Commemorating the Irish Famine
Memory and the Monument
Dr Emily Mark-FitzGerald is a Lecturer in the School of Art History and Cultural Policy at University College Dublin.
Acknowledgements List of illustrations Chapter 1: Introduction Chapter 2: Visualizing the Famine: Nineteenth-Century Image, Reception and Legacy The Famine in fine art Newspaper illustration and the figure of Famine Legacy Chapter 3: Commemorating the Famine: 1940s-1990s Commemoration and historiography The 1990s sesquicentenary Trauma, genocide and Famine memory Chapter 4: Constructing Famine Spaces in Ireland Site: the workhouse and graveyard Presence: embodying Famine Performance: commemorative ritual and process Chapter 5: Community Famine Commemoration in Northern Ireland and the Diaspora Commemoration in contested spaces: Northern Ireland and Britain The high cross and Celtic Canada Imaging genealogy in the United States Chapter 6: Major Famine Memorials Dublin and Boston Murrisk, Co Mayo and Philadelphia Sydney New York City Chapter 7: Conclusion Appendix: Famine Monuments – a Global Survey Bibliography Index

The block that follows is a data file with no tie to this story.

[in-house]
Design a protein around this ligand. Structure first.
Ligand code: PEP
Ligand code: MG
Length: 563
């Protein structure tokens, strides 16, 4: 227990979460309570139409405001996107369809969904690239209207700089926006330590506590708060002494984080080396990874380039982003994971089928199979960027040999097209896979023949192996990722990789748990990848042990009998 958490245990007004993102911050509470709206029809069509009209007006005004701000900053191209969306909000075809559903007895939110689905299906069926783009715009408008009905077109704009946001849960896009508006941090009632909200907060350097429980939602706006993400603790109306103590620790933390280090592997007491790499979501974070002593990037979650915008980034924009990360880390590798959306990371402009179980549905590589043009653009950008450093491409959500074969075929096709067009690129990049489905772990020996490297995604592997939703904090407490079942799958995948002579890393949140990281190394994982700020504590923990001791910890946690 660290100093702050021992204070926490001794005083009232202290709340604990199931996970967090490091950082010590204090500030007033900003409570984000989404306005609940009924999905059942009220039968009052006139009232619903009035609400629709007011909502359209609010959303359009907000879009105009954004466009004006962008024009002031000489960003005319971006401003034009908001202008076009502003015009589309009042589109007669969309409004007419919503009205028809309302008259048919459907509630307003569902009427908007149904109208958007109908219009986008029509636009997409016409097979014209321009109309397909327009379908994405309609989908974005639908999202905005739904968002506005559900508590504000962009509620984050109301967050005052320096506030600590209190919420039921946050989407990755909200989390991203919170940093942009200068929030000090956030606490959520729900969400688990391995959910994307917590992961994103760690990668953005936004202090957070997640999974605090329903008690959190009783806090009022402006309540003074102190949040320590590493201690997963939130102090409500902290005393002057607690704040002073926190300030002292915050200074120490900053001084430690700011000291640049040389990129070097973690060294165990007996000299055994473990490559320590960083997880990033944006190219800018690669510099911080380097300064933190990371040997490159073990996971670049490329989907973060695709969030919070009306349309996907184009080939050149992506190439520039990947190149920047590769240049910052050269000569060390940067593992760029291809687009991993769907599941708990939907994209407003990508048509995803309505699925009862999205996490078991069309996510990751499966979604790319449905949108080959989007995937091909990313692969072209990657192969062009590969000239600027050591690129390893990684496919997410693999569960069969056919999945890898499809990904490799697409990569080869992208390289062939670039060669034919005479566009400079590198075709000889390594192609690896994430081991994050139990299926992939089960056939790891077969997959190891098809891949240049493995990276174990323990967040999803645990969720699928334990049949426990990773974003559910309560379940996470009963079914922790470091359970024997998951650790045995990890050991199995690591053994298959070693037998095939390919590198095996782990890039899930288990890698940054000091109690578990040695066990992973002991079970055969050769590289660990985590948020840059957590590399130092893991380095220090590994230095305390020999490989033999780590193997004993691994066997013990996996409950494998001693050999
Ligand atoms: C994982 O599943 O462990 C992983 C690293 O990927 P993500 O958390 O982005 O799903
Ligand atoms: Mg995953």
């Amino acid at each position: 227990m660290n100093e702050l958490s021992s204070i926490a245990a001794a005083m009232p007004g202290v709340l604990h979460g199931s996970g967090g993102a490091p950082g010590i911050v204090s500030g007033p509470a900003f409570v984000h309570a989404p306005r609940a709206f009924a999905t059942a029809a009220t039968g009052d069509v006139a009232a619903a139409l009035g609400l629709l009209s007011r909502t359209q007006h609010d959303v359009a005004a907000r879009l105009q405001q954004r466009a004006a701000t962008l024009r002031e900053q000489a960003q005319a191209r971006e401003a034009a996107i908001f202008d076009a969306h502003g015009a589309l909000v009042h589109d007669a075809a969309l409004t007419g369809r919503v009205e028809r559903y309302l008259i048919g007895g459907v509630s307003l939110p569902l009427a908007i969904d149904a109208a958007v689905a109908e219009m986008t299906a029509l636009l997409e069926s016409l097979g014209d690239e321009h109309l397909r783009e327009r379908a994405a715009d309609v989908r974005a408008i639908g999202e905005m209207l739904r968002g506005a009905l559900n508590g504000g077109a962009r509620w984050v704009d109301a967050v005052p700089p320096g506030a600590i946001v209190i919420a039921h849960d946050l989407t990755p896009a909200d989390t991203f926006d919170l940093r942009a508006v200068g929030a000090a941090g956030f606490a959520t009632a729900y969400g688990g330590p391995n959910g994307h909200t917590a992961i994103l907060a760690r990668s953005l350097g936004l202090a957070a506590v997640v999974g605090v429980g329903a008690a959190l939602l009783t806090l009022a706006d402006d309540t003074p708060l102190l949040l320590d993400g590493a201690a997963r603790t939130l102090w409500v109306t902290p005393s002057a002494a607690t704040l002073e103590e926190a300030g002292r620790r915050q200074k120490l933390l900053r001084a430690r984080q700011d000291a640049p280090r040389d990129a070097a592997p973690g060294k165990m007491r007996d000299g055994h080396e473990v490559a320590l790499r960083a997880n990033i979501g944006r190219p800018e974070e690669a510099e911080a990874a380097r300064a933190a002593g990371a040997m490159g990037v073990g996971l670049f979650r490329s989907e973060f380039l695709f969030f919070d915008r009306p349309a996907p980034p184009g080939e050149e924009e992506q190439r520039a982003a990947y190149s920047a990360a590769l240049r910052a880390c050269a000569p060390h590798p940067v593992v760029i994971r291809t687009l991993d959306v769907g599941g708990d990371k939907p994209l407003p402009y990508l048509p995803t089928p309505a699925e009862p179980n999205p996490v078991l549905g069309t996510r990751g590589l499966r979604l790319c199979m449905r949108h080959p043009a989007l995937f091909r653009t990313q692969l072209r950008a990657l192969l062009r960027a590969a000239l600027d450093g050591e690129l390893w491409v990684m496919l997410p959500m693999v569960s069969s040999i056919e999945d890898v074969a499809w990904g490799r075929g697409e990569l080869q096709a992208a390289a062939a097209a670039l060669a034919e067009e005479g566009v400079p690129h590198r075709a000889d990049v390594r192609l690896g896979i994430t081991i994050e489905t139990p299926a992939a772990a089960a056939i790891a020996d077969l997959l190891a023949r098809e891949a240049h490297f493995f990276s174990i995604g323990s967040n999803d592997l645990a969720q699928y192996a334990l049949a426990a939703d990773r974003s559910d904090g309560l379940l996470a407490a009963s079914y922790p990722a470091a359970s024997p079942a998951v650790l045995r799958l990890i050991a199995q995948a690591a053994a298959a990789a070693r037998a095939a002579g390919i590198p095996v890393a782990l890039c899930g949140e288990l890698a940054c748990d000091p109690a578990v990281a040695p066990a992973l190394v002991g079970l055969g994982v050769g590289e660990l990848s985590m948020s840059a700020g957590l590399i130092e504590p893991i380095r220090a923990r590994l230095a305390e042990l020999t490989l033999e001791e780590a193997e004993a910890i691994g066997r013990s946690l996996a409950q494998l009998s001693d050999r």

Emily Mark-Fitzgerald's book will have certainly paved the way for and influenced the debate [on the Irish Famine]. It is a remarkable study which crosses several disciplines and which will be of interest to many.
Irish Literary Supplement
Mark-Fitzgerald’s excellent book will have an important position as questions arise around the relationship between the high-profile memory practices relating to the Irish Famine, so centred on creating a usable narrative of the past and of Irish identity, and the more recent traumatic memories which were being actively suppressed and silenced during the same period. Commemorating the Irish Famine: Memory and the Monument is sure to enrich several disciplines, from social and visual histories to the study of Irish culture, both in Ireland and throughout the diaspora.
Niamh NicGhabhann Irish Studies Review
Publication: November 27, 2013
Series: Reappraisals in Irish History 3